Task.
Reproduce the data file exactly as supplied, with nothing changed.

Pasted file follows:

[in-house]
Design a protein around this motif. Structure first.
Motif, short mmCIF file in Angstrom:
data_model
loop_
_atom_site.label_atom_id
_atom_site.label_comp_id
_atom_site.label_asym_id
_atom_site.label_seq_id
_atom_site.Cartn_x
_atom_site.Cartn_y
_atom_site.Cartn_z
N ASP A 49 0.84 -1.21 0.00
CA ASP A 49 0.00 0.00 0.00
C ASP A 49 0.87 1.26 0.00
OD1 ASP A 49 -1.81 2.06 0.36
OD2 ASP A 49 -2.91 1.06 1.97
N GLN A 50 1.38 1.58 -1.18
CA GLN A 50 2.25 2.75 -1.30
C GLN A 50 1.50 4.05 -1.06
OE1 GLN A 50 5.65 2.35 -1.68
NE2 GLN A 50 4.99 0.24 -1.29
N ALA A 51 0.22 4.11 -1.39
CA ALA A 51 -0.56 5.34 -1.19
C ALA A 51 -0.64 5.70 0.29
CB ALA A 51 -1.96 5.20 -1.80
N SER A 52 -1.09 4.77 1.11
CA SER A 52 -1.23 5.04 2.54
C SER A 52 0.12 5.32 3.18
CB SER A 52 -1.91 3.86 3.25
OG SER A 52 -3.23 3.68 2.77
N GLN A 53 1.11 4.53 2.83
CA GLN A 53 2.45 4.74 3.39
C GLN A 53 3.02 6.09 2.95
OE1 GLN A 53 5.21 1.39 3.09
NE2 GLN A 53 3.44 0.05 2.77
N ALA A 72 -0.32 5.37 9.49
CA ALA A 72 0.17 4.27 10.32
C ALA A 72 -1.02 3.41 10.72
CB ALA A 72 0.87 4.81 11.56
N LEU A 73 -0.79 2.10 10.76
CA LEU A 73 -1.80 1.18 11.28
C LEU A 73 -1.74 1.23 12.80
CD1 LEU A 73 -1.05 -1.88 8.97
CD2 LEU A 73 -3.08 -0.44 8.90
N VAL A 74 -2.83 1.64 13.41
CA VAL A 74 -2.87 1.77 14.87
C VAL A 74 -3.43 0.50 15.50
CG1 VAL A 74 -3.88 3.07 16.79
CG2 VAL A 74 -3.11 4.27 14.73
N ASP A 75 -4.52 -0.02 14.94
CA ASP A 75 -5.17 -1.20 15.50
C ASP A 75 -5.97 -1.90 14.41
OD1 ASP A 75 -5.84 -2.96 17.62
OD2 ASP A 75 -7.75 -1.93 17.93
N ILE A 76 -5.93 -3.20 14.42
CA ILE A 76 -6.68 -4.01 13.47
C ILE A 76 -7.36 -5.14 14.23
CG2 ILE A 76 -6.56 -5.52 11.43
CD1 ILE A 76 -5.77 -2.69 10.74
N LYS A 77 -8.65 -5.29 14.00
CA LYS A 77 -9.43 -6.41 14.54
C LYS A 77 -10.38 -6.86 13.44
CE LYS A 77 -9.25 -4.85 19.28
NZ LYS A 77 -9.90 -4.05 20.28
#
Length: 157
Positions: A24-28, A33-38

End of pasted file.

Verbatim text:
[in-house]
Design a protein around this motif. Structure first.
Motif, short mmCIF file in Angstrom:
data_model
loop_
_atom_site.label_atom_id
_atom_site.label_comp_id
_atom_site.label_asym_id
_atom_site.label_seq_id
_atom_site.Cartn_x
_atom_site.Cartn_y
_atom_site.Cartn_z
N ASP A 49 0.84 -1.21 0.00
CA ASP A 49 0.00 0.00 0.00
C ASP A 49 0.87 1.26 0.00
OD1 ASP A 49 -1.81 2.06 0.36
OD2 ASP A 49 -2.91 1.06 1.97
N GLN A 50 1.38 1.58 -1.18
CA GLN A 50 2.25 2.75 -1.30
C GLN A 50 1.50 4.05 -1.06
OE1 GLN A 50 5.65 2.35 -1.68
NE2 GLN A 50 4.99 0.24 -1.29
N ALA A 51 0.22 4.11 -1.39
CA ALA A 51 -0.56 5.34 -1.19
C ALA A 51 -0.64 5.70 0.29
CB ALA A 51 -1.96 5.20 -1.80
N SER A 52 -1.09 4.77 1.11
CA SER A 52 -1.23 5.04 2.54
C SER A 52 0.12 5.32 3.18
CB SER A 52 -1.91 3.86 3.25
OG SER A 52 -3.23 3.68 2.77
N GLN A 53 1.11 4.53 2.83
CA GLN A 53 2.45 4.74 3.39
C GLN A 53 3.02 6.09 2.95
OE1 GLN A 53 5.21 1.39 3.09
NE2 GLN A 53 3.44 0.05 2.77
N ALA A 72 -0.32 5.37 9.49
CA ALA A 72 0.17 4.27 10.32
C ALA A 72 -1.02 3.41 10.72
CB ALA A 72 0.87 4.81 11.56
N LEU A 73 -0.79 2.10 10.76
CA LEU A 73 -1.80 1.18 11.28
C LEU A 73 -1.74 1.23 12.80
CD1 LEU A 73 -1.05 -1.88 8.97
CD2 LEU A 73 -3.08 -0.44 8.90
N VAL A 74 -2.83 1.64 13.41
CA VAL A 74 -2.87 1.77 14.87
C VAL A 74 -3.43 0.50 15.50
CG1 VAL A 74 -3.88 3.07 16.79
CG2 VAL A 74 -3.11 4.27 14.73
N ASP A 75 -4.52 -0.02 14.94
CA ASP A 75 -5.17 -1.20 15.50
C ASP A 75 -5.97 -1.90 14.41
OD1 ASP A 75 -5.84 -2.96 17.62
OD2 ASP A 75 -7.75 -1.93 17.93
N ILE A 76 -5.93 -3.20 14.42
CA ILE A 76 -6.68 -4.01 13.47
C ILE A 76 -7.36 -5.14 14.23
CG2 ILE A 76 -6.56 -5.52 11.43
CD1 ILE A 76 -5.77 -2.69 10.74
N LYS A 77 -8.65 -5.29 14.00
CA LYS A 77 -9.43 -6.41 14.54
C LYS A 77 -10.38 -6.86 13.44
CE LYS A 77 -9.25 -4.85 19.28
NZ LYS A 77 -9.90 -4.05 20.28
#
Length: 157
Positions: A24-28, A33-38